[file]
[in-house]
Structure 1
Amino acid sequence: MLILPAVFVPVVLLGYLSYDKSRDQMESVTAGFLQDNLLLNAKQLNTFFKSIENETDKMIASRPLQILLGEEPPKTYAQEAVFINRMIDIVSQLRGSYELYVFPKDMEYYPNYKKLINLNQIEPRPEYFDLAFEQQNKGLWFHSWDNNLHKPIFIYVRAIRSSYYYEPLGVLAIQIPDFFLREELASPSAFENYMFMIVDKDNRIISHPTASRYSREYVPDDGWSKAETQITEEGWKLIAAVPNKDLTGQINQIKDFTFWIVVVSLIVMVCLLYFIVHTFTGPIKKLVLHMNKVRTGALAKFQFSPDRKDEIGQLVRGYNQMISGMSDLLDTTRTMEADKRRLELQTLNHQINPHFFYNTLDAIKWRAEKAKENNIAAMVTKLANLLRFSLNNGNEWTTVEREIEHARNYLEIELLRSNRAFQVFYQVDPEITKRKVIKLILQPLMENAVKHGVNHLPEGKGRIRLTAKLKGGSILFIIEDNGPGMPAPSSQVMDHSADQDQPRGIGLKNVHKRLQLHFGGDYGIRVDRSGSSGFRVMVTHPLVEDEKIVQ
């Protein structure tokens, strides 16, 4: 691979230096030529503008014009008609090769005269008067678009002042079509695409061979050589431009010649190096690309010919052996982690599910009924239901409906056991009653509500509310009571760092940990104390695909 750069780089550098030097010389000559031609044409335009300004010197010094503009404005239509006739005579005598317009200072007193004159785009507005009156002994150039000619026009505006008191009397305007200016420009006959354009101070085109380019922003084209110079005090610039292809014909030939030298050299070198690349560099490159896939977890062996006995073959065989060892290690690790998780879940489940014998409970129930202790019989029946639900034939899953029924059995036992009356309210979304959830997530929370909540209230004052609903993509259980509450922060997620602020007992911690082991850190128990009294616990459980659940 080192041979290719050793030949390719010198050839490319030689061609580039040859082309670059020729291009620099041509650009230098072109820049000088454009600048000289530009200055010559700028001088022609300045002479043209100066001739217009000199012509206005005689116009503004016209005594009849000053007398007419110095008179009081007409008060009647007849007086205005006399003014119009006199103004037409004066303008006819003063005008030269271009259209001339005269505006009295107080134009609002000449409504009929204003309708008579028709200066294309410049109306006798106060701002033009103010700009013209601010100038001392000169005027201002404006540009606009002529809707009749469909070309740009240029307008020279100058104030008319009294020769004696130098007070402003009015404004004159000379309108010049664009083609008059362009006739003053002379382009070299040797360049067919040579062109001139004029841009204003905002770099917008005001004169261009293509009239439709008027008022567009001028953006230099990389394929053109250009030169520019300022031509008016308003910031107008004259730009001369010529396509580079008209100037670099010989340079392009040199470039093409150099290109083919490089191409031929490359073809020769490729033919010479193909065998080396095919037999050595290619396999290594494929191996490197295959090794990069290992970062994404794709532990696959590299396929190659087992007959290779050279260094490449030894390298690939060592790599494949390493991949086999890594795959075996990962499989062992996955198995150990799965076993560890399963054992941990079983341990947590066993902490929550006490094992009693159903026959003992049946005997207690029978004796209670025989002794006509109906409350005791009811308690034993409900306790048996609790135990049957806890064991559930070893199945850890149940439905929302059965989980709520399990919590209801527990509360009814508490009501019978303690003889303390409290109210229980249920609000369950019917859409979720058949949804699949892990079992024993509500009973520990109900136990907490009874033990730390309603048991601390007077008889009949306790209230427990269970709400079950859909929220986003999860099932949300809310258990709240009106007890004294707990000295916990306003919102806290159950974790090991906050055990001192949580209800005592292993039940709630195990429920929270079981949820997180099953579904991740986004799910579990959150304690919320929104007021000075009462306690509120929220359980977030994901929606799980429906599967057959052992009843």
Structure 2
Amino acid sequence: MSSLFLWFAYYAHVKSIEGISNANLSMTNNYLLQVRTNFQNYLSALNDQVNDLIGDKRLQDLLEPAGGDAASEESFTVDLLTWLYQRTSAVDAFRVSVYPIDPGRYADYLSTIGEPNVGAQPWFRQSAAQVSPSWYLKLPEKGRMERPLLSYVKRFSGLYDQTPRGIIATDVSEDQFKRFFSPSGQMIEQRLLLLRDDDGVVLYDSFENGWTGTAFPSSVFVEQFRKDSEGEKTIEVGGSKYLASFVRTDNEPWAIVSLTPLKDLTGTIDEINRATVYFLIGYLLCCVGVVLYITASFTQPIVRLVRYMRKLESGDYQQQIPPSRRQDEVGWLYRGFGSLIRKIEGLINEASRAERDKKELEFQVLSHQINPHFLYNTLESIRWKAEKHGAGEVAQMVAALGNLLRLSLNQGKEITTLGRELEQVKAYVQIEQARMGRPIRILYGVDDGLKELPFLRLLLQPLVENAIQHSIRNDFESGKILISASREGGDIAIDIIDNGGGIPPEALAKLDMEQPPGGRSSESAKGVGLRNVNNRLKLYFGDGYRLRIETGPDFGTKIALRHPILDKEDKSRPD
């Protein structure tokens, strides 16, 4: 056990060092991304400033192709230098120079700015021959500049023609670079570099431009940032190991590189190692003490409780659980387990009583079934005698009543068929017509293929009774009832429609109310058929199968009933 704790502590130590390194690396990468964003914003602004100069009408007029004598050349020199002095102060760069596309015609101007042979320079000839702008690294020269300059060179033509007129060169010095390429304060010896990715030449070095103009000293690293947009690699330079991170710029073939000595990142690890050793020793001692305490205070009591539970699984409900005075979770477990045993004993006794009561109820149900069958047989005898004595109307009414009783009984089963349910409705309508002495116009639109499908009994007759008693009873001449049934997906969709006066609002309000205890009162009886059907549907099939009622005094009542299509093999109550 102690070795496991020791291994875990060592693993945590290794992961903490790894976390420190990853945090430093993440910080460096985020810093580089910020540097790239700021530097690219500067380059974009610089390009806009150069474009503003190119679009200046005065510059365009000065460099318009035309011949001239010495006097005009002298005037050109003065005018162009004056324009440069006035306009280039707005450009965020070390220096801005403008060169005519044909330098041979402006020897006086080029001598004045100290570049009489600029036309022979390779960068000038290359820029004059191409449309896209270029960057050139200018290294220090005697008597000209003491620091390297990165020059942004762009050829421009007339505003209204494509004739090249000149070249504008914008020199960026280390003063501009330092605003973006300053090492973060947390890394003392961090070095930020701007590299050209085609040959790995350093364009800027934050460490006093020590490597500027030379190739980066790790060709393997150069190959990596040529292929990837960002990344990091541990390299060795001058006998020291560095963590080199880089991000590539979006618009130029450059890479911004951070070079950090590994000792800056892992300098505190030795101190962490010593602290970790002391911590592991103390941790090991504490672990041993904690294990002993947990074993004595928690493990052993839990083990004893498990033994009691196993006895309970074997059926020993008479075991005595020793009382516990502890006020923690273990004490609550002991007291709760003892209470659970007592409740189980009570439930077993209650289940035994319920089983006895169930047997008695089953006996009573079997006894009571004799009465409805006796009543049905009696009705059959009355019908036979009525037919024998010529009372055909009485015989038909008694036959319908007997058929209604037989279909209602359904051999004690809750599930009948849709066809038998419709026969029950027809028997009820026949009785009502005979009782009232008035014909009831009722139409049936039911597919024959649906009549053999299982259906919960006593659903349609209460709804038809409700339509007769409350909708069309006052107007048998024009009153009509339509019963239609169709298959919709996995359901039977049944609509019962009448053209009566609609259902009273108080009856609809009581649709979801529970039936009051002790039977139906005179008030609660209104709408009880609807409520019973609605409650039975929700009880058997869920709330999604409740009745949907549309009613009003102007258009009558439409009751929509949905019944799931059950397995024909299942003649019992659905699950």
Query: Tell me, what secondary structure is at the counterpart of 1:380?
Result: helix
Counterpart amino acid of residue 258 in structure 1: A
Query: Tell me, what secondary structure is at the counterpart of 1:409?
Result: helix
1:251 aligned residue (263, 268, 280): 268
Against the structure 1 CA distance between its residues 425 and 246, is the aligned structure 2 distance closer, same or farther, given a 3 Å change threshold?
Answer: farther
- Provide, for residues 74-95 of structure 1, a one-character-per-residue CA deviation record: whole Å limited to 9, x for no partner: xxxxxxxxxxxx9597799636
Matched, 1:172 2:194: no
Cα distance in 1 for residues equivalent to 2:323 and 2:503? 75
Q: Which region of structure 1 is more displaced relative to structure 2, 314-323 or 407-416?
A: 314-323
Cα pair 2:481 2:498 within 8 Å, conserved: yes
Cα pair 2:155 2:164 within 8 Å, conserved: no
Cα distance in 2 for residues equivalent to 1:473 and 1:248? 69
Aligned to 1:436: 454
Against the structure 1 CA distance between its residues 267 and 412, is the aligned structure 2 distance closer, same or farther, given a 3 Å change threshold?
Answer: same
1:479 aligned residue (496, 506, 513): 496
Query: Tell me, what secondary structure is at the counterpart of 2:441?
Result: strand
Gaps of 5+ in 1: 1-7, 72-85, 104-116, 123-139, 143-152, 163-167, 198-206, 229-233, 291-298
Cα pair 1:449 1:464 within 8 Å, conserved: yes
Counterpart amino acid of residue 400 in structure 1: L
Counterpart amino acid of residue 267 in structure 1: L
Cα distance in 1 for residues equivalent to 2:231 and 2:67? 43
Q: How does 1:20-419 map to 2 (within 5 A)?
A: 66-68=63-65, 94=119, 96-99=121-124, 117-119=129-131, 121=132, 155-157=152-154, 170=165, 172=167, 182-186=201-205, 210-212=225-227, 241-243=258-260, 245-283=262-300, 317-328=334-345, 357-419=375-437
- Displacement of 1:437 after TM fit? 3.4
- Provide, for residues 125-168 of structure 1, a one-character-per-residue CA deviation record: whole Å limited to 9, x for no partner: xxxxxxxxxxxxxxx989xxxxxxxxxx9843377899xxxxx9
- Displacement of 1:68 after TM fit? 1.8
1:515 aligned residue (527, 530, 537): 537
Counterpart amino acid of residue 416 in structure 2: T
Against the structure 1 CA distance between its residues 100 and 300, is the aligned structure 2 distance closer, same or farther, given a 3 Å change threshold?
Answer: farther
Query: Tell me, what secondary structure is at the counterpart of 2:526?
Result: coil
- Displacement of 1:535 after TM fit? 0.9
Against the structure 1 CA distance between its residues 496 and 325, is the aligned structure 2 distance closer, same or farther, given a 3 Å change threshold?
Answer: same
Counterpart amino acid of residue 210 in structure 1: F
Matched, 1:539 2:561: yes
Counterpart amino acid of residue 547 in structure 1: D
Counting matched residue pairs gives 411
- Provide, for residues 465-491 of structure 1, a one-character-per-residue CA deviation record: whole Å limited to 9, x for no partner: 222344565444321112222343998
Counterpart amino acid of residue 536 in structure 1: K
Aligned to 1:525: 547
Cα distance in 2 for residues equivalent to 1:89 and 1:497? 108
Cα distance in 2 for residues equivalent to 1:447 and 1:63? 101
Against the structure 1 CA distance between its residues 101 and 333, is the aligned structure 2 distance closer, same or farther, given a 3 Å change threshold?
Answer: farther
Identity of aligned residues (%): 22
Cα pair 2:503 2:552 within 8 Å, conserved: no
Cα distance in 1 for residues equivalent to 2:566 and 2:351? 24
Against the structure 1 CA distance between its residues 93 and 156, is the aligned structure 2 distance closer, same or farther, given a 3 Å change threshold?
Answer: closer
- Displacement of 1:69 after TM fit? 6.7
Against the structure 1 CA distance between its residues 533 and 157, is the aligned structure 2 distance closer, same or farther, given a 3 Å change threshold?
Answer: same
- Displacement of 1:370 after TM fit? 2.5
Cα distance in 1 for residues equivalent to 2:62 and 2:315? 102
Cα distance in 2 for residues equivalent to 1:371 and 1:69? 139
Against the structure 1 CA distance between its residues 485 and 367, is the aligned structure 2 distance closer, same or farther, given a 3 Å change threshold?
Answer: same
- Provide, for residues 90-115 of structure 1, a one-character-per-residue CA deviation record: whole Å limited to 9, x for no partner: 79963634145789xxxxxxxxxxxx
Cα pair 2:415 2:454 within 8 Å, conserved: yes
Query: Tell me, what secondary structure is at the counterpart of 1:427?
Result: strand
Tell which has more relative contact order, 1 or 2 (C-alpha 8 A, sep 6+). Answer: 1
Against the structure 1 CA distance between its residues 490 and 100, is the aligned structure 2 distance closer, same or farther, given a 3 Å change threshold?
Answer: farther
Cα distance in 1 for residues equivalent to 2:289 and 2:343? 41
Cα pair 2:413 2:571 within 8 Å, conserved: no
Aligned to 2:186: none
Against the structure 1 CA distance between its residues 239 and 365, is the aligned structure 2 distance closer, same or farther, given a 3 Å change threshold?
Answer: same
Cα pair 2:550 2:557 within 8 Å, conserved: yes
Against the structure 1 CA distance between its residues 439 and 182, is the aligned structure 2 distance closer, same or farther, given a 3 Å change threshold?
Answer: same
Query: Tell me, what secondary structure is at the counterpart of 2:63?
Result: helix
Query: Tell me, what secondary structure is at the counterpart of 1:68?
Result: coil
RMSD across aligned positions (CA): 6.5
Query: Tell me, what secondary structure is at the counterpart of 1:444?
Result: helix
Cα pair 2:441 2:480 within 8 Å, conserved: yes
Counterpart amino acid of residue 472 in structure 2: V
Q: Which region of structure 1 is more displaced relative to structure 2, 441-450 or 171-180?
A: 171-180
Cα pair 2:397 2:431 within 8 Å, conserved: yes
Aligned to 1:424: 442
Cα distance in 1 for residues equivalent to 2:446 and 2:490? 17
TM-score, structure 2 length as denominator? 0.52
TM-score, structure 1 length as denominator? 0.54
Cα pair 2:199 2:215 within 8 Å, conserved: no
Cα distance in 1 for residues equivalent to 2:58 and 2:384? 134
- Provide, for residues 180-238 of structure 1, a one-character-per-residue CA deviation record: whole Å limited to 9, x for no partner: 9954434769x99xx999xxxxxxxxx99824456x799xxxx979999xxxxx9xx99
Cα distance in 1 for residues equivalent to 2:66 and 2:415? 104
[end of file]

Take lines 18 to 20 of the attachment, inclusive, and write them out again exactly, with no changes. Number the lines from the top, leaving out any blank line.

Cα distance in 1 for residues equivalent to 2:323 and 2:503? 75
Q: Which region of structure 1 is more displaced relative to structure 2, 314-323 or 407-416?
A: 314-323